You must have seen this orange icon in many websites (including this one). While it is possible to read the page by just clicking on it this is not the whole idea behind it. It is meant to be part of your collection of similar feeds from many other different websites that are of interest to you to be put together in a news reader or feed aggregator to save you the trouble of having to visit each site in turn.
But first what is a news reader or feed aggregator? Yes, as you can see from the name, originally they are meant for easy reading of up-to-the-minute news items from different news websites but since then many websites (not essentially newspapers, as this one) have used it to inform their visitors each time some page is updated.
There are quite a number of such news aggregators for you to choose from but I have chosen the RssReader as an illustration here. It is not at all difficult and it's possible to have one up and running in no time at all.
I will explain the step-by-step procedures here for installing and making use of the RssReader:
1. Download the rssreader.exe file from the rssreader.com website here. 2. Once downloaded double-click on the file to install. Installation is fast and easy.
You will be asked if you want to install the RssReader for "yourself" or "anyone using this computer" (the default setting is "Just me"). If that's what you want just click on "Next" and that's all there is to it. The installation takes no time at all.
3. Now look for this XML or RSS icon in any website that you are interested in, right-click the mouse button, then choose "Copy Link Location" (or "Copy Shortcut").
4. Next look for this RssReader icon on your Desktop (it should be there if you have completed the above installation) and click on it to open. Once it opens (it might take some time), click on "Add" in the top menu bar and paste the URL that you have just copied in the box. Click "Next", "Next" again and "OK" and that's it. From now on you can just keep on adding any new rss feeds that you come across in internet the same way. This is the box that invites you to paste the URL. By doing so you are "subscribing" to the website's rss feeds.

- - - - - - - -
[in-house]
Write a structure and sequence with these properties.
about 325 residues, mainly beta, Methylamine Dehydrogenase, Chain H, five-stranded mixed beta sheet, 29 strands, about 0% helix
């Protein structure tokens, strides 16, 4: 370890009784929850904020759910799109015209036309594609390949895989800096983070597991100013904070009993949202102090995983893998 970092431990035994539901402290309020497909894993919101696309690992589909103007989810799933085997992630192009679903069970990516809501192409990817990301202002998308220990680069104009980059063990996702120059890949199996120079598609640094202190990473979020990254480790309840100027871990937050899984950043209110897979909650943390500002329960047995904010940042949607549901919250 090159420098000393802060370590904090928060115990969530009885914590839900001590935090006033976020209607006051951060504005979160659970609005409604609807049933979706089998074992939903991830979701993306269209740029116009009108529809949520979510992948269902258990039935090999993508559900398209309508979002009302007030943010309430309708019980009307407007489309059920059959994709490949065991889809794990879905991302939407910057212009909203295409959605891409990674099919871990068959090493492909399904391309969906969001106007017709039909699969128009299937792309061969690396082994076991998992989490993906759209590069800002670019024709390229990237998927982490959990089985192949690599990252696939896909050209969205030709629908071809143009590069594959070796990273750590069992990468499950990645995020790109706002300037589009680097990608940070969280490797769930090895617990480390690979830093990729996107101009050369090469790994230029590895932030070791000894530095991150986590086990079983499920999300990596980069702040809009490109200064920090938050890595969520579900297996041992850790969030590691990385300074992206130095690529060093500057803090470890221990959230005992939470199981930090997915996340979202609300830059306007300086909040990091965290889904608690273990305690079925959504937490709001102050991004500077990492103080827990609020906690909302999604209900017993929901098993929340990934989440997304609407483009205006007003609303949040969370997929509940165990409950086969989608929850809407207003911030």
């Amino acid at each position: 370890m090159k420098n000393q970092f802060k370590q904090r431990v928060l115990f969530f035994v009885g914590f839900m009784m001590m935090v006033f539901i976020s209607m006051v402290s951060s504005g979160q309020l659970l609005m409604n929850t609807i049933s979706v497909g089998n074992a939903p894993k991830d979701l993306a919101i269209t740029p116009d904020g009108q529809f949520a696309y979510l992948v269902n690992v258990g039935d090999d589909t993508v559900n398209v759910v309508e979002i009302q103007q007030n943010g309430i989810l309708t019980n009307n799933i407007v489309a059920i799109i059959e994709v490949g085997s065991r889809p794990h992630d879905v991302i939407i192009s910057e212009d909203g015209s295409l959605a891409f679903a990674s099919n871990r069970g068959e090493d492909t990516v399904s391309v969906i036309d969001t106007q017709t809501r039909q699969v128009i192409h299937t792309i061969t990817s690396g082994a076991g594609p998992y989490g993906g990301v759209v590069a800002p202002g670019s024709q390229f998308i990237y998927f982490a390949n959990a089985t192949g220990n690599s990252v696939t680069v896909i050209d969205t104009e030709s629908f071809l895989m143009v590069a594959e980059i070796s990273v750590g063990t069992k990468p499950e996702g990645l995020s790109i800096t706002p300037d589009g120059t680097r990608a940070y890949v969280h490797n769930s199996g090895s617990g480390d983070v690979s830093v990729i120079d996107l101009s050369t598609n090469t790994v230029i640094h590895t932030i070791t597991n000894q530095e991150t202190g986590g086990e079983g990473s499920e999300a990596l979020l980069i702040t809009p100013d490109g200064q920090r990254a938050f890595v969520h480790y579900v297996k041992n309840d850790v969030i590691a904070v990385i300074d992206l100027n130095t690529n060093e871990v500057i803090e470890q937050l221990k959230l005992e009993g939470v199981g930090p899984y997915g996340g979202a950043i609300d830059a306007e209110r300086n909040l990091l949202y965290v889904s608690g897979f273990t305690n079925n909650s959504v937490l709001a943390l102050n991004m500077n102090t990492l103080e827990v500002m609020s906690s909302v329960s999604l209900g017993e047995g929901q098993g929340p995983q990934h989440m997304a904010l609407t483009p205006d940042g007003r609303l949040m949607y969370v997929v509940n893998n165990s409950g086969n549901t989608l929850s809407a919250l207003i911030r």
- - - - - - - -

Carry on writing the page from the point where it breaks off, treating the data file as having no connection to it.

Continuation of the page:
5. To give you an example here are some URLs of feeds that I find interesting that you can experiment with by copying and pasting to understand how to use your RssReader (you can always uninstall and re-install it later to make a fresh start or simply highlighting one of the feeds and clicking on the "Delete" button):
http://www.fark.com/fark.rss (for news with a difference)
http://rss.cnn.com/rss/edition_world.rss (for CNN world news)
http://www.rottentomatoes.com/syndication/rss/complete_movies.xml (if you are a movie-goer)
http://newsrss.bbc.co.uk/rss/sportonline_world_edition/front_page/rss.xml (for BBC sport feeds)
http://feeds.people.com/people/headlines (rss feeds about celebrities)
By the way the rss feed of this website has the following URL:
6. From now on each morning you only need to click on the RssReader icon, then right-click on "Open RssReader" in its icon in the bottom bar to get what you see in the screenshot below and be able to read up-to-the-date news from a number of websites without much sweat. In the example below there are 7 websites (if you have put in all the 7 URLs given above) that you can read from this one single place. But of course you can add many more. So as you can see, having the RssReader or any other news aggregator is simple, practical and a great time-saver.
If you are not too happy with the RssReader layout you can try another popular news aggregator such as Awasu. In fact I started out with Awasu but I found RssReader more direct and without any frills.